Black formed a company of men and marched to the plaza, right in front of the bishop's palace, and there demanded the release of our sick men, or else we would blow up the Cathedral. The bishop told Col. Black to retreat to quarters, and he would see that our men were safely delivered as soon as the mob had dispersed. So our men marched back to their quarters, and sure enough, it was not long afterwards, news reached us that the guerillas were dashing into the plaza and were again trying to get hold of our sick men, but the citizens and women particularly, prevented the guerillas from taking our men; hearing of this second outrage we were again formed into line and marched to the plaza; the street at this time was full of greasers, and we expected to have a fight with them.
As soon as we arrived at the Cathedral we instantly surrounded it, and Col. Black ordered that the doors be opened, if not, he would burst them open, they were not opened, so orders were given, and we burst open the doors and relieved our men who were prisoners and marched them up to Gov. Childs' headquarters, where they received a severe reprimand.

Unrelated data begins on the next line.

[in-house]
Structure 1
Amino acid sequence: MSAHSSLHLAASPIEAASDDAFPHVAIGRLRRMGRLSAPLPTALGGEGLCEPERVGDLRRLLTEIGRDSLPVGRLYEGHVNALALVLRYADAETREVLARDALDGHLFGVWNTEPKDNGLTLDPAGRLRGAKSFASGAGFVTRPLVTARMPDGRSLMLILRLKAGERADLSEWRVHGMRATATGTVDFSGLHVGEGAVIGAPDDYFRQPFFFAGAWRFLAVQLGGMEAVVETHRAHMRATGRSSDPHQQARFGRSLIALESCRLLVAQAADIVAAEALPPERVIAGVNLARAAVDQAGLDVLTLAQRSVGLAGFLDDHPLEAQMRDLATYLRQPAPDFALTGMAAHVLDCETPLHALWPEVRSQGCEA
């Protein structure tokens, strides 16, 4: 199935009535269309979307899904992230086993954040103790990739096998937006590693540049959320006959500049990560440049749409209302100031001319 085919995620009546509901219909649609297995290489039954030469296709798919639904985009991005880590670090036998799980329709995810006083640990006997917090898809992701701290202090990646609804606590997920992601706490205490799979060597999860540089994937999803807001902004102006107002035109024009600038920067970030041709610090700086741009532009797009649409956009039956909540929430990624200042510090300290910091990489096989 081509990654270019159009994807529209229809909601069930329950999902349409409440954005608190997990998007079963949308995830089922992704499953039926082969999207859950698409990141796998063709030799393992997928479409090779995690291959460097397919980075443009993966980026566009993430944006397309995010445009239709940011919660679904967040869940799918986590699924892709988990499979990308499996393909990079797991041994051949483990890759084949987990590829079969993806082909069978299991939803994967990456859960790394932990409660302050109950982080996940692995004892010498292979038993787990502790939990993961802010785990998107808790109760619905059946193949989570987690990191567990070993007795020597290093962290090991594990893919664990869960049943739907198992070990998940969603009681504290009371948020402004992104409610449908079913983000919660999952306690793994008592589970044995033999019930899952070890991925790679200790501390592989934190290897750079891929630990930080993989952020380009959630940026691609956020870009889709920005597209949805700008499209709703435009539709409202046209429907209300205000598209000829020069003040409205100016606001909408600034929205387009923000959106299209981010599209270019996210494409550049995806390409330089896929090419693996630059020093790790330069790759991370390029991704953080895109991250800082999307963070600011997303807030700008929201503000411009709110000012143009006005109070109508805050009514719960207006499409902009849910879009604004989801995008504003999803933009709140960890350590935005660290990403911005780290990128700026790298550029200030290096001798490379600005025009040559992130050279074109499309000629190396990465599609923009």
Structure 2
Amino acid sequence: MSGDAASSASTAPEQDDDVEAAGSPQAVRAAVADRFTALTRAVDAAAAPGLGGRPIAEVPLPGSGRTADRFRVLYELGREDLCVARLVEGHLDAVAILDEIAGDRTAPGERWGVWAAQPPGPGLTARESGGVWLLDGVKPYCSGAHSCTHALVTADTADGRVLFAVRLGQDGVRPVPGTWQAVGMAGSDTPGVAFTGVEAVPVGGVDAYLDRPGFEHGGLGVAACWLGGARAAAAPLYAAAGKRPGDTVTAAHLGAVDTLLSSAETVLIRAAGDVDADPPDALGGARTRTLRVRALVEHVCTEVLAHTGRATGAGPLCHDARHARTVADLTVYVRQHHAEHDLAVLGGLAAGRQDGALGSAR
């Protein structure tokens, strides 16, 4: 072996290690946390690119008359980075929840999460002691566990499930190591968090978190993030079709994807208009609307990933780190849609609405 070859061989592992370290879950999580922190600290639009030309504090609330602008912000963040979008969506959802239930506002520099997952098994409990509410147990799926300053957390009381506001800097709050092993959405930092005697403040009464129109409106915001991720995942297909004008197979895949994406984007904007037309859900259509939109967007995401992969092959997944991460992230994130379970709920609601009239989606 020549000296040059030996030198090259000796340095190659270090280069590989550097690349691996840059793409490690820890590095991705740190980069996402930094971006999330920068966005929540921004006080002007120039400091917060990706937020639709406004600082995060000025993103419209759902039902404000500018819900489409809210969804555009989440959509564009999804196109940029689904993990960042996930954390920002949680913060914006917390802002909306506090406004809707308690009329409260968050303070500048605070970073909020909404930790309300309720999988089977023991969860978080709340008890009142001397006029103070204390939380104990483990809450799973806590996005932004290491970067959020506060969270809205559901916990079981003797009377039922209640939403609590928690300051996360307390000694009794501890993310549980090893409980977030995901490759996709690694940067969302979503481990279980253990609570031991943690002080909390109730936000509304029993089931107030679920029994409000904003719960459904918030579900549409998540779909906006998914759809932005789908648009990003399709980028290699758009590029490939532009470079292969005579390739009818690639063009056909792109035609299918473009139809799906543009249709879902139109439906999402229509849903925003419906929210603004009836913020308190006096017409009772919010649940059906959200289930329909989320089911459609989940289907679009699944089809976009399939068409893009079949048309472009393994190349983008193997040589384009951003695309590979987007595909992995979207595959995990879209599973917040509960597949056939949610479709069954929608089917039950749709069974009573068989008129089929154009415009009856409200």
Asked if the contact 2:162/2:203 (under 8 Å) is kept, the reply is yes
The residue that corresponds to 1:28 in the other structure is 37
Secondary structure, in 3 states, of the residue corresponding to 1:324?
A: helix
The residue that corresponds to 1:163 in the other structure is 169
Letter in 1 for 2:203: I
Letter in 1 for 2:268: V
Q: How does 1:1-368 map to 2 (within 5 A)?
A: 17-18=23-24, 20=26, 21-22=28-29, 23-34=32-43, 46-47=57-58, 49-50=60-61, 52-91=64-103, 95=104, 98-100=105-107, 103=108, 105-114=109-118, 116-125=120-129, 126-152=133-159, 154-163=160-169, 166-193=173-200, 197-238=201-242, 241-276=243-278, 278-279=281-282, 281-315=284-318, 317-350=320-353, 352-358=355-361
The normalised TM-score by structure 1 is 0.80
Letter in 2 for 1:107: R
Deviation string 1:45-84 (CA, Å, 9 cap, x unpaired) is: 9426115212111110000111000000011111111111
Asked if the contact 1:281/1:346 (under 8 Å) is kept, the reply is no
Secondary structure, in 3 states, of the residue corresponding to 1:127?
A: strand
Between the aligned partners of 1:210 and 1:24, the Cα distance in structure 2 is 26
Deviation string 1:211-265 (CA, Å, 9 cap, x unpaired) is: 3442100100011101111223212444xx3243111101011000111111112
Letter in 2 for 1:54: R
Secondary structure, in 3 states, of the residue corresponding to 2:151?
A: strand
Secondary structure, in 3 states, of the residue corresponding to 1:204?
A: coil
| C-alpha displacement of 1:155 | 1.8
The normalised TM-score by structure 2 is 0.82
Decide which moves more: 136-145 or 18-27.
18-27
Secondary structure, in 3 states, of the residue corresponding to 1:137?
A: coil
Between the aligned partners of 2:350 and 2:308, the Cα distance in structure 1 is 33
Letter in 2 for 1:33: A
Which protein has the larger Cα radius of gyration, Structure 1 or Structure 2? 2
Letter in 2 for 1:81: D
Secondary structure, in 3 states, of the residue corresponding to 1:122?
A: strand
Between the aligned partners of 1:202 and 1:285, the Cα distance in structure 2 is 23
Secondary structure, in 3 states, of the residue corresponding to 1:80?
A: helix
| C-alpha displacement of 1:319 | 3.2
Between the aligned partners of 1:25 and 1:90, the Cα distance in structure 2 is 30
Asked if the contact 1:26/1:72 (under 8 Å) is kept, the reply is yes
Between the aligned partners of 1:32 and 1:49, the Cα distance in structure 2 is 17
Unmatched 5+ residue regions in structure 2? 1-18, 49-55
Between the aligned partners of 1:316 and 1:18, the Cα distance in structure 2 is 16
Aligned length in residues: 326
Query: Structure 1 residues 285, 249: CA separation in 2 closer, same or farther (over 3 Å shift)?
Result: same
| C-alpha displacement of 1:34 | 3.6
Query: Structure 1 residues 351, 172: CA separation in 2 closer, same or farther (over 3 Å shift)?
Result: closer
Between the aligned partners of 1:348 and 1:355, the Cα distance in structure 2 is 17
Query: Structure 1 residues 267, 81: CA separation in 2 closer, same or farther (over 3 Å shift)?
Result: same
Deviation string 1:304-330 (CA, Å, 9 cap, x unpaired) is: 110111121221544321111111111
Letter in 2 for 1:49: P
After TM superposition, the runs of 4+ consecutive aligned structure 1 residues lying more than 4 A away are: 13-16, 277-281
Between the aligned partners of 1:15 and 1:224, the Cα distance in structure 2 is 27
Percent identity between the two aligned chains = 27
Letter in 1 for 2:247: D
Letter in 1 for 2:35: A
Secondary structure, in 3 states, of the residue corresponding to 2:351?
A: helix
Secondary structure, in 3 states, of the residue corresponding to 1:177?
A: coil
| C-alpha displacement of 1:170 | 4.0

Our men whom we left in their quarters when we went after our men were quite surprised to see us come back without having a fight with the guerillas, as the streets were full of them.
In the evening. Gov. Childs received a letter from Gen. Rea, stating that he had several American prisoners, including three officers, whom he would willingly exchange for some Mexican prisoners who are in our possession; but Gov. Childs could not agree to Gen Rea's proposition. It seems that Gen. Rea wanted the Mexican prisoners released first, but Gov. Childs couldn't see it in that light, and of course there was no exchange.
About an hour or so afterward Gen. Rea issued a proclamation to the citizens of Puebla. He states his grievances in failing to exchange prisoners, or to come to any terms with the Yankee Governor; that he was about to make an effort to